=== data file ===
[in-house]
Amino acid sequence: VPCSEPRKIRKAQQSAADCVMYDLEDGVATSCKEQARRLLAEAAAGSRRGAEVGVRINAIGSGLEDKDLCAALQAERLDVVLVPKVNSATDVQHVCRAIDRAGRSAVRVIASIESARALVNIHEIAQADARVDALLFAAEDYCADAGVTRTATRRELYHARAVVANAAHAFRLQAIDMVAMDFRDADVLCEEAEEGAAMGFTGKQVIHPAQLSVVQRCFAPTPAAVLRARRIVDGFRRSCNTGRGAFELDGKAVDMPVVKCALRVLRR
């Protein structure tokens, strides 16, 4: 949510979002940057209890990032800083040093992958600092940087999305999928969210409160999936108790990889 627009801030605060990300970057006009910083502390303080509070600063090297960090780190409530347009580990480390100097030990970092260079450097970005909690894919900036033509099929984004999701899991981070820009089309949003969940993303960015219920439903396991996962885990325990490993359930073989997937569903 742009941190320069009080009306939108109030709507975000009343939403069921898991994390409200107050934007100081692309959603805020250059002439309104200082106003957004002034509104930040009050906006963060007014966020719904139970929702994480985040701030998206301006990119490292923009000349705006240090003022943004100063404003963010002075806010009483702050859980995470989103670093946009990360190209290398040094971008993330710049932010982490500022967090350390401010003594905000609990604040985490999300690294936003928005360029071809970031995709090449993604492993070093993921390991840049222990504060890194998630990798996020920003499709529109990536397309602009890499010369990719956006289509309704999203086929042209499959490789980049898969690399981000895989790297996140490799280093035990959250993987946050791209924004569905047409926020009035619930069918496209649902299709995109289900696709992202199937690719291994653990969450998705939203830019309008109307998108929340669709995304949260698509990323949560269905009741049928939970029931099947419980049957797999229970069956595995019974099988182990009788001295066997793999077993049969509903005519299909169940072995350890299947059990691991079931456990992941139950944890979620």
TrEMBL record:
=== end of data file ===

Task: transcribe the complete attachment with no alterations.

[in-house]
Amino acid sequence: VPCSEPRKIRKAQQSAADCVMYDLEDGVATSCKEQARRLLAEAAAGSRRGAEVGVRINAIGSGLEDKDLCAALQAERLDVVLVPKVNSATDVQHVCRAIDRAGRSAVRVIASIESARALVNIHEIAQADARVDALLFAAEDYCADAGVTRTATRRELYHARAVVANAAHAFRLQAIDMVAMDFRDADVLCEEAEEGAAMGFTGKQVIHPAQLSVVQRCFAPTPAAVLRARRIVDGFRRSCNTGRGAFELDGKAVDMPVVKCALRVLRR
């Protein structure tokens, strides 16, 4: 949510979002940057209890990032800083040093992958600092940087999305999928969210409160999936108790990889 627009801030605060990300970057006009910083502390303080509070600063090297960090780190409530347009580990480390100097030990970092260079450097970005909690894919900036033509099929984004999701899991981070820009089309949003969940993303960015219920439903396991996962885990325990490993359930073989997937569903 742009941190320069009080009306939108109030709507975000009343939403069921898991994390409200107050934007100081692309959603805020250059002439309104200082106003957004002034509104930040009050906006963060007014966020719904139970929702994480985040701030998206301006990119490292923009000349705006240090003022943004100063404003963010002075806010009483702050859980995470989103670093946009990360190209290398040094971008993330710049932010982490500022967090350390401010003594905000609990604040985490999300690294936003928005360029071809970031995709090449993604492993070093993921390991840049222990504060890194998630990798996020920003499709529109990536397309602009890499010369990719956006289509309704999203086929042209499959490789980049898969690399981000895989790297996140490799280093035990959250993987946050791209924004569905047409926020009035619930069918496209649902299709995109289900696709992202199937690719291994653990969450998705939203830019309008109307998108929340669709995304949260698509990323949560269905009741049928939970029931099947419980049957797999229970069956595995019974099988182990009788001295066997793999077993049969509903005519299909169940072995350890299947059990691991079931456990992941139950944890979620």
TrEMBL record: